While working on Provincializing Europe [Provincializing Europe: Postcolonial Thought and Historical Difference (2000)], I realized that while I’m a trained historian, I also love thinking beyond the kind of questions that historians usually ask. My legitimate way of doing such thinking was by putting pressure on the categories with which historians think. In Provincializing Europe these were memory, oral history, indigenous history that allowed me to questions “historians’ history.” In the “Four Theses” I used science—geology, evolutionary biology – to the same end. All disciplines have their “externalities,” things they don’t train you to think about. Economists don’t want to know about the social cost of coal when they work on the price of coal; historians don’t want to know about evolutionary history, geological history. They see them as given. Braudel was an exception. He’s an ancestor of what he are doing today but for my liking he went too far in neglecting the importance of everyday human experience. In On History (1980) he argues that the individual doesn’t really matter. I am too much of a humanist, too much of a reader of E. P. Thompson to think that the individual doesn’t matter. The tension between our participation in geological and evolutionary history and what we, as human beings, think of as our mortality, that tension is of interest to me.
It is also interesting to think about the criticisms I get for my planetary views. There are, of course, those who argue that capitalism is at the root of all our crises. One response I get in the subcontinent sometimes is that the planetary view is too Western and universal. The planetary voice, some of them say, is White. And then there are “decolonial” scholars who think the world should go back to a pre-1492 world. While I agree with much in their criticism of colonial domination, as a historian I think that there is no going back. We are in the world that we are in. But these criticisms make me reflect on my own reasons for being interested in planetary questions. I realize that while I’m certainly not a White person—Tagore is a major figure in my book; I criticize him, but he’s my own person— the Western academy still retains, perhaps as a remnant of their imperial days, a deep capacity to speak in the name of univerals. Otherwise, how would one explain the fact that most if not all of the scientists who have so far written books for the general reader explaining global warming as a physical-social phenomenon are based in in what we call the West?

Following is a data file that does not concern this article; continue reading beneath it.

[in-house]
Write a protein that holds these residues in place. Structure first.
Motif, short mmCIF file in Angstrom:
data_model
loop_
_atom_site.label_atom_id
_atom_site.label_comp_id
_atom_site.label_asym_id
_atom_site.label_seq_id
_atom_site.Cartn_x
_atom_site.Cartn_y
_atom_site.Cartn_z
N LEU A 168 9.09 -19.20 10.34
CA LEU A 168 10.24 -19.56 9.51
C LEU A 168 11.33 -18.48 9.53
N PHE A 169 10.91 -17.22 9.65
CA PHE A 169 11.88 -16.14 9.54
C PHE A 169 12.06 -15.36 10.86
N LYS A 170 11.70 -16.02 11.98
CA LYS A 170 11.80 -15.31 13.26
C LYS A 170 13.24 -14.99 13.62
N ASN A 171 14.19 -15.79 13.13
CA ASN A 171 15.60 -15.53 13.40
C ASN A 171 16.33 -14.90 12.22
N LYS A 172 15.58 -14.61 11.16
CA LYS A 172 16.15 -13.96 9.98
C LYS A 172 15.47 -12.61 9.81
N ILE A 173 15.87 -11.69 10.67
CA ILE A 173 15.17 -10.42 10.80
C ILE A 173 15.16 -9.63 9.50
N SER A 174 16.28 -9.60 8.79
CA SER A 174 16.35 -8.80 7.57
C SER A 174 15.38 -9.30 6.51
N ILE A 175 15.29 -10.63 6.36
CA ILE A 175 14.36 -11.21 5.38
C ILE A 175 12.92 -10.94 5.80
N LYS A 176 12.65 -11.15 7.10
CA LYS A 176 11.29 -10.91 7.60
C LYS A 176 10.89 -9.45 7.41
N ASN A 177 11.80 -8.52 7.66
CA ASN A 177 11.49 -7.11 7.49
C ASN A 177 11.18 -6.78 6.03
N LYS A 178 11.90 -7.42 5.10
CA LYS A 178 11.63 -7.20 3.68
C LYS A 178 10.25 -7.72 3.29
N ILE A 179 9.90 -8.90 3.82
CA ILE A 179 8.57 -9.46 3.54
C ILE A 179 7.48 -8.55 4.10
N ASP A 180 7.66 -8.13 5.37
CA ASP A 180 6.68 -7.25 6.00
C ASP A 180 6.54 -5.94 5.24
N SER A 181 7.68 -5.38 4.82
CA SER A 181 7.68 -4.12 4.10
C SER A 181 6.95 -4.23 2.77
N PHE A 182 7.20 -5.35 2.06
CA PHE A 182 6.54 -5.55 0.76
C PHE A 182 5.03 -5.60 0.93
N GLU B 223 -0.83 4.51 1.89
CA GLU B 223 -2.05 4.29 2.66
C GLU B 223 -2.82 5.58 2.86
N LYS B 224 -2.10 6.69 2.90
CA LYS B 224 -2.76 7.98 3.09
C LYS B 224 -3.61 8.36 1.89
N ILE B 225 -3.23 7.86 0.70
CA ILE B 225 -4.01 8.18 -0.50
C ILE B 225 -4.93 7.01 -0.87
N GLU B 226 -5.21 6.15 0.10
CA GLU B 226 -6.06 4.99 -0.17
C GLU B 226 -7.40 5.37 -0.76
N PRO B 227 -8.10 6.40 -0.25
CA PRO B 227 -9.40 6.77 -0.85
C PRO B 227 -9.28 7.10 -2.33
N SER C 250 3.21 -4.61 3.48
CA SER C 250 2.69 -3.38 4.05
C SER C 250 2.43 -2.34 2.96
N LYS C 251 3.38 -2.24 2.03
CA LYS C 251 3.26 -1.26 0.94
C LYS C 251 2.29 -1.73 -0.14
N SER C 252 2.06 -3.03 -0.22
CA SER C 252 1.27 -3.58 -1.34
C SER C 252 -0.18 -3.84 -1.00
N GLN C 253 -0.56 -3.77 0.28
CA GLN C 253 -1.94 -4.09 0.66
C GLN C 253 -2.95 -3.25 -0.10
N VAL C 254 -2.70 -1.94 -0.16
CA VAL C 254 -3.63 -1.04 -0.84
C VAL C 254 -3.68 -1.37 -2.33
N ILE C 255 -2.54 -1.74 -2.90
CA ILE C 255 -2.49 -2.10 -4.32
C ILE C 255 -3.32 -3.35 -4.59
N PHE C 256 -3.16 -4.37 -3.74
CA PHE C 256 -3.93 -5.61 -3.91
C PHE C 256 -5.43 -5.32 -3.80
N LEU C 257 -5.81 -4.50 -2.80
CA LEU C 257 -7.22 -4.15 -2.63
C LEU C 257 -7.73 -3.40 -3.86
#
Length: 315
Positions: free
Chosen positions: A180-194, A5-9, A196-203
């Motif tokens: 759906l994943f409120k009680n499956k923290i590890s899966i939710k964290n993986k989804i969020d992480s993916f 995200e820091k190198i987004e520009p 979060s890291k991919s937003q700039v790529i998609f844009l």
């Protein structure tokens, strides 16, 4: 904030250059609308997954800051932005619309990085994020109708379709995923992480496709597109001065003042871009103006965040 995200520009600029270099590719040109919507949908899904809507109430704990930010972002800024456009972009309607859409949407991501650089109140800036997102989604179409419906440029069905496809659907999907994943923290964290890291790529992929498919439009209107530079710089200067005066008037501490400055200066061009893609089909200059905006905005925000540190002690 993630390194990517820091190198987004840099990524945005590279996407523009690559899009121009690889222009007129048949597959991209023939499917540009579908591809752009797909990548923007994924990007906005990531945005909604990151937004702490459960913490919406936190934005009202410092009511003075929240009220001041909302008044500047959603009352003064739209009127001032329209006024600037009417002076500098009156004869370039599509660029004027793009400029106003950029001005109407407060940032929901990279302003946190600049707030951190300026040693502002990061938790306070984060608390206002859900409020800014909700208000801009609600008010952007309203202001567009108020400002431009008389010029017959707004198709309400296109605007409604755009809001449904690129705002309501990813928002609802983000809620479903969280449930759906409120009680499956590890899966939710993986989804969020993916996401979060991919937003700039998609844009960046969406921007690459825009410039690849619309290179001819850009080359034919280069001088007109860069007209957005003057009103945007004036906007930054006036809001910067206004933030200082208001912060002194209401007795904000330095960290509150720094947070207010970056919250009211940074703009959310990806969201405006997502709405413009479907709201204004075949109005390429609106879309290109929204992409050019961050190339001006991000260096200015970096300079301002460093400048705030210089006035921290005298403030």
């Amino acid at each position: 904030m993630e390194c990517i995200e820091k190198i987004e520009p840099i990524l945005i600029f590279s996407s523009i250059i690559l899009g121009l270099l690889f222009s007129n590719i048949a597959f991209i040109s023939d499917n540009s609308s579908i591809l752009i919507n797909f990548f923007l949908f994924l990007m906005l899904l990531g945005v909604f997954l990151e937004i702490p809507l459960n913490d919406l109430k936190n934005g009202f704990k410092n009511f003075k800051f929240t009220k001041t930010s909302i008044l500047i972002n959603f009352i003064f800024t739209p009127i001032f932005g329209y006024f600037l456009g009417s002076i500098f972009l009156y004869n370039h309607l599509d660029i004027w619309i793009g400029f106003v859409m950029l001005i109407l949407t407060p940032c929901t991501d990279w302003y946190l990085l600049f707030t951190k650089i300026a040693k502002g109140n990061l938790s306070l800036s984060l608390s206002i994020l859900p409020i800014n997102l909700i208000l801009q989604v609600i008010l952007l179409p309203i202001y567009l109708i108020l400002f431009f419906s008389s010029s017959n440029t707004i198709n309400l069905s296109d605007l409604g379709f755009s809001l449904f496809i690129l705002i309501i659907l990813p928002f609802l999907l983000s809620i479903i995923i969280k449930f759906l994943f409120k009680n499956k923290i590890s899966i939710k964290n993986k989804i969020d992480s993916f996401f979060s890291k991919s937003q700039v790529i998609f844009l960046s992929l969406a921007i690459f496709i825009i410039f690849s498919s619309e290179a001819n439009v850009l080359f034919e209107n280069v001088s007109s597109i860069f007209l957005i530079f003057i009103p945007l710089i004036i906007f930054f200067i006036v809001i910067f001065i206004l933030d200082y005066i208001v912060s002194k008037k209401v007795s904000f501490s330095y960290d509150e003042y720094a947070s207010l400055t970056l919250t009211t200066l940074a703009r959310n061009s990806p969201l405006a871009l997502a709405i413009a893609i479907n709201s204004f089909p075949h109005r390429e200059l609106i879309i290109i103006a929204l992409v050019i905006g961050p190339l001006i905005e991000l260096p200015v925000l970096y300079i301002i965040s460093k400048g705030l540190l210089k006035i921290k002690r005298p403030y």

F.H. I would like to add something here: Dipesh was born in December 1948. That is the time of independence, in India, and the rise of its modern regime of historicity, under (Jawaharlal) Nehru and other modernizers. I was born in 1946. Of course, I didn’t know it back then, but I’m the son of the Nuremberg Trials. That makes a difference. It became apparent to me many years later, walking through Berlin in the 1990s, but the first time it hit me was actually during the mid-1970s, in the early days of the “memory wave,” or the start of memory studies. Lanzmann’s Shoah—which took fifteen years to complete—and Pierre Nora’s Les lieux de mémoire [“Shoah” was released fully in 1985; Nora’s in 1984] raised the question: what is national history? Unlike Lanzmann, Nora didn’t deal directly with the Holocaust but the Holocaust was present in everything he did. So in that regard I’m the son of the crash of the modern regime of historicity. After the Nuremberg Trials we lost faith in the progress of humanity. It took me time to become fully aware of it. The time of being born on this earth changes my, or our, perspective.